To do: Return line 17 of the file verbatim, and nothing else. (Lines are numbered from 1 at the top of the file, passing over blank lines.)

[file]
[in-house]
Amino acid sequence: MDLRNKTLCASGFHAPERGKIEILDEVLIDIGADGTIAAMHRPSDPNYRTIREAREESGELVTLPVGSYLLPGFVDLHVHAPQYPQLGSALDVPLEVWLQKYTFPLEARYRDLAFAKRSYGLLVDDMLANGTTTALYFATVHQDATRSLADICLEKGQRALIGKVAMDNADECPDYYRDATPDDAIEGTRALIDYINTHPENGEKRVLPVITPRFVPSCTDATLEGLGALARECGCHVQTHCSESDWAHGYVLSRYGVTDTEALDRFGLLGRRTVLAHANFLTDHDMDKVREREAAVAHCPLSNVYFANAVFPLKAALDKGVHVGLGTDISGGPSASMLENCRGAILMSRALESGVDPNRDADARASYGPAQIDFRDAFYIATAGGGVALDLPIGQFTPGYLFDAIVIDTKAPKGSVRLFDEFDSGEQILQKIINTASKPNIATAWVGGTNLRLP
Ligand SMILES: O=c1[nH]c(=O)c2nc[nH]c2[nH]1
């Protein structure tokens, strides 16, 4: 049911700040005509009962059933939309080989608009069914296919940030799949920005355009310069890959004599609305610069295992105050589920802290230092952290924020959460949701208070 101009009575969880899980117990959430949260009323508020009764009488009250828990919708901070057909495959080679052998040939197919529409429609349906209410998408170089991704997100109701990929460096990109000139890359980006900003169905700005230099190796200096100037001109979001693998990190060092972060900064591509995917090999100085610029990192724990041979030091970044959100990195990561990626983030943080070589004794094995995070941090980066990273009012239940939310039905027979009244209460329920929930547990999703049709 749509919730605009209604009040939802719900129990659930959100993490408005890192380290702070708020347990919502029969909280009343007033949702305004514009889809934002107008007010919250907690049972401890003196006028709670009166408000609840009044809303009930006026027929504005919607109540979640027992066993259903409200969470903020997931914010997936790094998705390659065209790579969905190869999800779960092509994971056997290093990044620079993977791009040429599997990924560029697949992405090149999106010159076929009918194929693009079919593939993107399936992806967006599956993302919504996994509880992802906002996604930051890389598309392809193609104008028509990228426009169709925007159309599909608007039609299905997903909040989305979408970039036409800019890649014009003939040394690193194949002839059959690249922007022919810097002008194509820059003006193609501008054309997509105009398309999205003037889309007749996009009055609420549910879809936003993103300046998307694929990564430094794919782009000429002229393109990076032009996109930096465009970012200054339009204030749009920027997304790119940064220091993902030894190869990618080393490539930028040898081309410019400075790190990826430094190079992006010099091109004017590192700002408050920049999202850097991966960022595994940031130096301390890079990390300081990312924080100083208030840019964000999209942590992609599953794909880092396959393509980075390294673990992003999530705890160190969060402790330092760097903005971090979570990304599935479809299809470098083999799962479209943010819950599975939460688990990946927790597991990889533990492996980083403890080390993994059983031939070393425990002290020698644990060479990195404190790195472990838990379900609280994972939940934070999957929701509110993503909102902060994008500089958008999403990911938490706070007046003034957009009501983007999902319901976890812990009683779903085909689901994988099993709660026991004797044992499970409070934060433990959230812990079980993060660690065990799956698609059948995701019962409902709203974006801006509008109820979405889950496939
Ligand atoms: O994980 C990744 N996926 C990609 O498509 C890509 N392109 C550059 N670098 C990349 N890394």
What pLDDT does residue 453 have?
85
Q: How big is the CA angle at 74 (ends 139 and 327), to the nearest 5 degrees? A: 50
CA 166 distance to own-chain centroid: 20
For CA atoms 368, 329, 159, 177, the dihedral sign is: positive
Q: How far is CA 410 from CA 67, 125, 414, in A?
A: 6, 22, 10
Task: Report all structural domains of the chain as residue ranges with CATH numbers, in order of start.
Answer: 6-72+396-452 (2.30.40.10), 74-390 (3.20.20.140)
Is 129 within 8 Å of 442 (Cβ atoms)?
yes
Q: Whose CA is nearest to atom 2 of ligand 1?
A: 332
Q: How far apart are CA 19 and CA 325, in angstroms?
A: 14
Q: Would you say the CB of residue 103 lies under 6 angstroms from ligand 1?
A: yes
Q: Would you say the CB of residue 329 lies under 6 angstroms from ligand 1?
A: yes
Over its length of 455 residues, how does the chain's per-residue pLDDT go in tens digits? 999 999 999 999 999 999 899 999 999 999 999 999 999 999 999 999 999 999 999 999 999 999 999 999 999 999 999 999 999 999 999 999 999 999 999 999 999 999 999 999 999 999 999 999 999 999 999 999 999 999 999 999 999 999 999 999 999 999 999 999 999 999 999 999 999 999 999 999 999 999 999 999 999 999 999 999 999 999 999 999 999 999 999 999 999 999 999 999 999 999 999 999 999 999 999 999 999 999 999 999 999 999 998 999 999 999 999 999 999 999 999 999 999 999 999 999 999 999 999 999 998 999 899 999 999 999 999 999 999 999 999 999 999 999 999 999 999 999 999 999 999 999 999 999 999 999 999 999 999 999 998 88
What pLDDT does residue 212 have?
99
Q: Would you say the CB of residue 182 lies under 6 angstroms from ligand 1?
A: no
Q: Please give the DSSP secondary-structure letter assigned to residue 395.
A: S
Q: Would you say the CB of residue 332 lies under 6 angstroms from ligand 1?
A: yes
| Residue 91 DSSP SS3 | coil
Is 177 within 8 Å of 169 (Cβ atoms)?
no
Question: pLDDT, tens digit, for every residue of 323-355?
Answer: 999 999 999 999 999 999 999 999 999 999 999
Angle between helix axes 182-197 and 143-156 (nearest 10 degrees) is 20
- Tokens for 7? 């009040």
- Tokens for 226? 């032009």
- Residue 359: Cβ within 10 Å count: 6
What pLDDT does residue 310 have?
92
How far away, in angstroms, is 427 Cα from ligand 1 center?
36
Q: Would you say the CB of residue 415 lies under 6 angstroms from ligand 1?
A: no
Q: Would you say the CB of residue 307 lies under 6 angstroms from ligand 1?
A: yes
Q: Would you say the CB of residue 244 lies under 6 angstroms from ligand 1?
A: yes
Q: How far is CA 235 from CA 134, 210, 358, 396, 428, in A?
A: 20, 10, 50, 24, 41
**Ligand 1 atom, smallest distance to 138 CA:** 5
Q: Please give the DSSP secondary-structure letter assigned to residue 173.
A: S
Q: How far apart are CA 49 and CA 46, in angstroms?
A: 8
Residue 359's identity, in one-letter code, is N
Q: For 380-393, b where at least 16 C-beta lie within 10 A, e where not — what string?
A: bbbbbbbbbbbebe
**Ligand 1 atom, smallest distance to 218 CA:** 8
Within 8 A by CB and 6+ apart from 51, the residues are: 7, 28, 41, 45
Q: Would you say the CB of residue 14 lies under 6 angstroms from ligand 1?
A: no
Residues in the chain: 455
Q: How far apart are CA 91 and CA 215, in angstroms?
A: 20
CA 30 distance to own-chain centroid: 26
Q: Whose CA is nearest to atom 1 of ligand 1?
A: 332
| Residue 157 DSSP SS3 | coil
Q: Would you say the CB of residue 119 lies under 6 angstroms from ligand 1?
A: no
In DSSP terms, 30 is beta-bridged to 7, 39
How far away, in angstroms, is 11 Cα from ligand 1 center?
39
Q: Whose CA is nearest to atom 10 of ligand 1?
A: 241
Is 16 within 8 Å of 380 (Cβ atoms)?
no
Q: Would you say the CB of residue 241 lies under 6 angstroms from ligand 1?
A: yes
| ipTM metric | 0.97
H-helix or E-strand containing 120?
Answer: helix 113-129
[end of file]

Q: Whose CA is nearest to atom 2 of ligand 1?